6. 6. white paper S E C O N D Q U A R T E R 2 0 1 1 | 6d i v e r s i f i e d t r u s t . c o m We also believe each bond within a portfolio serves a purpose, and careful consideration must be given to the overall portfolio to determine if changes are warranted. For example, higher interest rates have been predicted for over two years. If the bonds with the longest final maturities of a structured portfolio had been removed, the portfolio’s ability to generate sufficient income would have been significantly impacted with funds invested in near-zero interest rate money market funds. A soundly constructed portfolio should provide ample reinvestment opportunities with maturing positions to reinvest as rates rise. Our views on the municipal bond market are shaped by the wealth of information and the insights provided by our stable of investment advisors, as well as our numerous sell-side and independent resources. Over the last 25 years, the professionals at DTC have developed relationships with a talented and diverse network of local, regional and national municipal broker-dealers and underwriters. Without such relationships, it would be very difficult to thoroughly compare and contrast multiple bond issues or maintain an up-to-date knowledge of the marketplace for negotiating better bond prices. Our daily presence in the municipal market provides our clients access to securities with strong relative value, after surveying the ever-changing landscape of primary and secondary market offerings. Over the last three years, our annual trading volume has averaged over 500 transactions representing over $175 million in market value. the contribution of municipal bonds. stability. Municipal bonds remain a prudent place for investors seeking to lower the overall volatility of an investment portfolio. This can be illustrated by comparing the rate of return volatility of an intermediate municipal bond indexto theS&P500overthepast5 years.This relative price stability is critical to investors that may need to liquidate investments at any given time, either for anticipated or unanticipated reasons. c o n t i n u e d o n n e x t p a g e > S&P 500 ML Muni 1-12 Yr Index 12.0% 7.0% 2.0% -3.0% -8.0% -13.0% -18.0% APR06 APR07 APR08 APR09 APR10 JAN06 JUL06 JUL07 JUL08 JUL09 JUL10 OCT06 OCT07 OCT08 OCT09 OCT10 JAN07 JAN08 JAN09 JAN10 JAN11 Rate of Return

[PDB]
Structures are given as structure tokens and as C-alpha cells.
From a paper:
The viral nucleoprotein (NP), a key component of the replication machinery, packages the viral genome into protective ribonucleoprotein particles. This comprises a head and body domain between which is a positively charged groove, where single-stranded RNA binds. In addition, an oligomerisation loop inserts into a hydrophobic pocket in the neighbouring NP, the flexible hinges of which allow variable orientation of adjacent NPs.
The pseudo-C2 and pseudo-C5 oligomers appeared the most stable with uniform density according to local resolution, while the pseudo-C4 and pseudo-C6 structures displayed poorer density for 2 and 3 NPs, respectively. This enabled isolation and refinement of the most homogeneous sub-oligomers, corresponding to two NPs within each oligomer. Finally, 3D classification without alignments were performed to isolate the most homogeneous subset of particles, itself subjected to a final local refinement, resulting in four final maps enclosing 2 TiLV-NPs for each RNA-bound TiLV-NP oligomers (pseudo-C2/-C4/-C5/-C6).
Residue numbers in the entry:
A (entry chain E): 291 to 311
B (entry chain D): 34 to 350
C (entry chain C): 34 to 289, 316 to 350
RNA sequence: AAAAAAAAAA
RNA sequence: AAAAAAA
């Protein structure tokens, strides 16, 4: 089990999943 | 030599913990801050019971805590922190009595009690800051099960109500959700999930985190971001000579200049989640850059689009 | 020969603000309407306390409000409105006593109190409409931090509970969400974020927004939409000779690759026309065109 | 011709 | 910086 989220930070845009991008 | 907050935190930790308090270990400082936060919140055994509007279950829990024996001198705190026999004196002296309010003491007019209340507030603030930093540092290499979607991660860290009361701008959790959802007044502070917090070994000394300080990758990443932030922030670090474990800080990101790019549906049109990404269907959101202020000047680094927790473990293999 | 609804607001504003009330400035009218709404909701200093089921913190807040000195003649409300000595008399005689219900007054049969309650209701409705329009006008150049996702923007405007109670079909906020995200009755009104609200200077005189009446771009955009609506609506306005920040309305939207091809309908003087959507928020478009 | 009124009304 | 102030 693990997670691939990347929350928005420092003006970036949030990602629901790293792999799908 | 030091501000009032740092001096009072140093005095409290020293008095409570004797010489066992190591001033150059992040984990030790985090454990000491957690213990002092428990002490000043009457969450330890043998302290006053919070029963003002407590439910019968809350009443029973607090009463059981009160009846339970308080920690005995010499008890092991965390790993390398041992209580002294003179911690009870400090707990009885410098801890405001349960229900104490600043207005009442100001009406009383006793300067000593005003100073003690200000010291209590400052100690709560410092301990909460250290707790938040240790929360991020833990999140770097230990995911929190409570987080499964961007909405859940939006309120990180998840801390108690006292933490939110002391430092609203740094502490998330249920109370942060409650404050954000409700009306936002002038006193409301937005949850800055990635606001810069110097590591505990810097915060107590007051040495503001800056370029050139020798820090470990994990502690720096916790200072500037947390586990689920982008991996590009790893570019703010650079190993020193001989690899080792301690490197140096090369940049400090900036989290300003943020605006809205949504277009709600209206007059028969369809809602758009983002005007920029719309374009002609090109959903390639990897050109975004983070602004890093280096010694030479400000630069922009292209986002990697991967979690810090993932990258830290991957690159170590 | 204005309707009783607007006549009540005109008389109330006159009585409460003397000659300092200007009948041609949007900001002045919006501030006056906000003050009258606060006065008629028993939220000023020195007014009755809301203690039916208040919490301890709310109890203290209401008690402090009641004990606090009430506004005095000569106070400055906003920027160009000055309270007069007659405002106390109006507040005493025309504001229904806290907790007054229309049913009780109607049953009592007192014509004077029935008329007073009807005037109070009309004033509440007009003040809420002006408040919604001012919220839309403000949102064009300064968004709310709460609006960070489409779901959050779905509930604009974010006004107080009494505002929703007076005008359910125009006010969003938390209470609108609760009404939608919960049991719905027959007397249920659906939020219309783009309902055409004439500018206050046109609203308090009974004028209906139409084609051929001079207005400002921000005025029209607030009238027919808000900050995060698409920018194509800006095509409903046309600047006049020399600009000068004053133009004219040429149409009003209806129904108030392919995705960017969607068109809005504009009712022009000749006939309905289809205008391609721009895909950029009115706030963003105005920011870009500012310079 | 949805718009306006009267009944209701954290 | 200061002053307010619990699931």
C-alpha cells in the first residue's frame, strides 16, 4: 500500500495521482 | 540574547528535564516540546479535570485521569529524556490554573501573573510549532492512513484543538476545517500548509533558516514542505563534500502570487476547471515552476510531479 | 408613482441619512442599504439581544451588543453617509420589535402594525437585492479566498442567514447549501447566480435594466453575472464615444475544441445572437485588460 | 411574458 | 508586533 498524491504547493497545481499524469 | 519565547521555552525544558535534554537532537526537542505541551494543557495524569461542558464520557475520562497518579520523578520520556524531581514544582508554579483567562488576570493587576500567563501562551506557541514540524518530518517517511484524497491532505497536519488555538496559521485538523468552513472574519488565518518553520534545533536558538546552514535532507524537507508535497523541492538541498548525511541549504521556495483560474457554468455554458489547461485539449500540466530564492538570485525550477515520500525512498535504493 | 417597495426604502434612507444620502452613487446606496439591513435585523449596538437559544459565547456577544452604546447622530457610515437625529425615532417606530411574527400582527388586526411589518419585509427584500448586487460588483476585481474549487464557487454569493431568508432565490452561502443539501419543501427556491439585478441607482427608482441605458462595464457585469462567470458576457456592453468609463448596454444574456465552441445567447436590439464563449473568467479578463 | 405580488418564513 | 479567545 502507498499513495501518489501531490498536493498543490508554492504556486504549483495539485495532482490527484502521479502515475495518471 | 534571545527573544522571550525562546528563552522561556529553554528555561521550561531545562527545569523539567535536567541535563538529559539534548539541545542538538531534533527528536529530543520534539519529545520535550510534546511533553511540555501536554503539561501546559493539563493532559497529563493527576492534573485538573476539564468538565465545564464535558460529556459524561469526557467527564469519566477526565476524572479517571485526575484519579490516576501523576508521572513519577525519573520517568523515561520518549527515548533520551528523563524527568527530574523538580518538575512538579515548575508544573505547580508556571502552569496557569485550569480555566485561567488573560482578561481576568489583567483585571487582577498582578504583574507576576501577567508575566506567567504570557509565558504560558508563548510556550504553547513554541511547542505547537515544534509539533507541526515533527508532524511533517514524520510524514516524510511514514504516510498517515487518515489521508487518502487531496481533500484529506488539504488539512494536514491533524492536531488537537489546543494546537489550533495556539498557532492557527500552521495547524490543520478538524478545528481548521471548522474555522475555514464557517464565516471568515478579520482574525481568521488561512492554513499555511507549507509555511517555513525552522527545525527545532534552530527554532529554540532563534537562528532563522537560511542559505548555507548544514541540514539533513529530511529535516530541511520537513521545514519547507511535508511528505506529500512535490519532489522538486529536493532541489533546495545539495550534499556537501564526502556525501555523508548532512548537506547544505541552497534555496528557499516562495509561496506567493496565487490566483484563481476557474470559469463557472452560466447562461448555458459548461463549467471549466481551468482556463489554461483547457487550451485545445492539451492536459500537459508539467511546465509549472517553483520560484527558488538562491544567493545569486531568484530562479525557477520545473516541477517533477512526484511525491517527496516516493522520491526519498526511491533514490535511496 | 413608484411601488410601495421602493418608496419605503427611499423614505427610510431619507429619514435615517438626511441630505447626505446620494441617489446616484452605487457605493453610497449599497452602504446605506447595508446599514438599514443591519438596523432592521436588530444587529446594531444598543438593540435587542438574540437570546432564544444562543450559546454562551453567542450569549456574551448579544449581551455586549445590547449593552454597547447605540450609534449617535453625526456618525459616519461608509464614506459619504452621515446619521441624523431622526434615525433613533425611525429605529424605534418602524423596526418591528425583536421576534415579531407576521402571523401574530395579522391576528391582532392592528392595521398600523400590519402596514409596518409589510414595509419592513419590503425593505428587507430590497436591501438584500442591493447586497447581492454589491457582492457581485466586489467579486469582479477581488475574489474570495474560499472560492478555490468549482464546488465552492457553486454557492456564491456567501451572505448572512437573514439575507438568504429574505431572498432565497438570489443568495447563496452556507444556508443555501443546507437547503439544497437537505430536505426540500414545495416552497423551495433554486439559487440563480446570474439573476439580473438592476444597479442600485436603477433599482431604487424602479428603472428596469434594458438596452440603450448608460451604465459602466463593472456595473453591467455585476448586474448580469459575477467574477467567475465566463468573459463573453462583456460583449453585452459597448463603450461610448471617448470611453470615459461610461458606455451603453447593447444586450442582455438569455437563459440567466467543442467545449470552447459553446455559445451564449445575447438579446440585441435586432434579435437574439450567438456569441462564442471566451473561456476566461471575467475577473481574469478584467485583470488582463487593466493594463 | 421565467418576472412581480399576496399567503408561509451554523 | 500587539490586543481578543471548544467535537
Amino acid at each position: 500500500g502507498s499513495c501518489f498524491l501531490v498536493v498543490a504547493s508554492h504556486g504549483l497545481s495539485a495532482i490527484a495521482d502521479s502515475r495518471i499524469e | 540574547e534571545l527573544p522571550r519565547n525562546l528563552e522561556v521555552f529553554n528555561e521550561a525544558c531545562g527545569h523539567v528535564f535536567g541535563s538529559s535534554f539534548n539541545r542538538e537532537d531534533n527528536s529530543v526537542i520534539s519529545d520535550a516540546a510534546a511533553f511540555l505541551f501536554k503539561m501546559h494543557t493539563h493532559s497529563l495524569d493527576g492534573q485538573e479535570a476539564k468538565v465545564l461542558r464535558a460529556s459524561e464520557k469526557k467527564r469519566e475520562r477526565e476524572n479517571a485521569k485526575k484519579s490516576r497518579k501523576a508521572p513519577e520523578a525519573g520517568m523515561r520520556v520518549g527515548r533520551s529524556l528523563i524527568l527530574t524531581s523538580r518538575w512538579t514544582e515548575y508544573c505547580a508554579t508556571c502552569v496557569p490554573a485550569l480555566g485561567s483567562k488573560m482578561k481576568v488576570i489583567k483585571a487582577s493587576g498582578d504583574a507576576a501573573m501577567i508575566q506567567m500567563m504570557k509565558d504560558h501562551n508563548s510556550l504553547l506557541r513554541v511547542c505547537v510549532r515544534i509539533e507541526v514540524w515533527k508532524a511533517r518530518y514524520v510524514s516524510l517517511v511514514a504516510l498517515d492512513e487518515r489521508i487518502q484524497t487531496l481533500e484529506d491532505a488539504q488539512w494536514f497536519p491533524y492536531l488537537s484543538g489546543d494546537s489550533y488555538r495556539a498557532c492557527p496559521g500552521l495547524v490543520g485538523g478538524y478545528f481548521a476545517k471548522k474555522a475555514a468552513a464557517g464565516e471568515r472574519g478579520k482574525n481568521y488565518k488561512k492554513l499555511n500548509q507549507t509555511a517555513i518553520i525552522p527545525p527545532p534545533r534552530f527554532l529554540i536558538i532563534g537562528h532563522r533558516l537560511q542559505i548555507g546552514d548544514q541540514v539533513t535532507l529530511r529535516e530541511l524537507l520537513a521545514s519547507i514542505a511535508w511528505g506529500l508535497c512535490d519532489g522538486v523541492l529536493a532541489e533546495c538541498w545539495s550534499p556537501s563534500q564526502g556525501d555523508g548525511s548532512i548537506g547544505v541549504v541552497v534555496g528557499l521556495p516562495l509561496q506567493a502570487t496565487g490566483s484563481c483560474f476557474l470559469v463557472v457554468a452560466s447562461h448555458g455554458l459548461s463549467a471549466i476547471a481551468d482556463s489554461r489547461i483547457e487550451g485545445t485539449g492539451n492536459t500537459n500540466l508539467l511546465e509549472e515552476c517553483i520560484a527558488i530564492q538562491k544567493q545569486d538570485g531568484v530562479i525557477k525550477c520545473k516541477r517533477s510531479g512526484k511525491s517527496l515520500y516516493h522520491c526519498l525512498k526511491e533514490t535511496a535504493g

7. 7. white paper S E C O N D Q U A R T E R 2 0 1 1 | 7d i v e r s i f i e d t r u s t . c o m credit risk. strong credit investments. Credit risk is the threat posed by a borrower’s inability or unwillingness to meet debt service obligations in a timely manner. Though the credit ratings industry has come under scrutiny during the financial crisis, we believe the rating agencies continue to provide useful tools for credit analysis.The use of ratings is one way of assessing credit risk. However, ratings alone are no substitute for credit analysis. In fact, opportunities can be found in smaller “non-rated” bonds where the fundamentals are sound but, due to the size of the deal, the issuer could not economically justify the costs of applying for a credit rating. The Credit Ratings Category Overview chart shows the recent composition of the ratings for our clients’ municipal bond holdings.We should note these figures include both holdings we have purchased for clients and positions transferred into client accounts from other institutions. When bonds are transferred into client accounts, we continually assess whether or not those positions should be held as a part of the overall portfolio or how to adjust positions that are no longer marketable. interest rate risk. measured by duration. Interest rate risk, as measured by duration, indicates the price sensitivity of a bond or portfolio of bonds relative to a change in interest rates. The longer the duration, the more sensitive the principal value is to a change in interest rates. As rates increase, the market value of bonds decreases, and vice versa. If a bond portfolio has an average duration of four years, a 1% change in interest rates would produce approximately a 4% change in the principal value of the bond portfolio. The graph to the right represents the weighted average duration of aggregate DTC client portfolios over the last five years. The most recent average was 4.24 years. c o n t i n u e d o n n e x t p a g e > DTC Municipal Composite Credit Ratings Category Overview DTC Municipal Composite Weighted Avg. Duration (years) 6.00 5.50 5.00 4.50 4.00 3.50 3.00 2.50 2.00 JUN06 JUN07 JUN08 JUN09 JUN10 MAR06 SEP06 SEP07 SEP08 SEP09 SEP10 DEC06 DEC07 DEC08 DEC09 DEC10 MAR07 MAR08 MAR09 MAR10 MAR11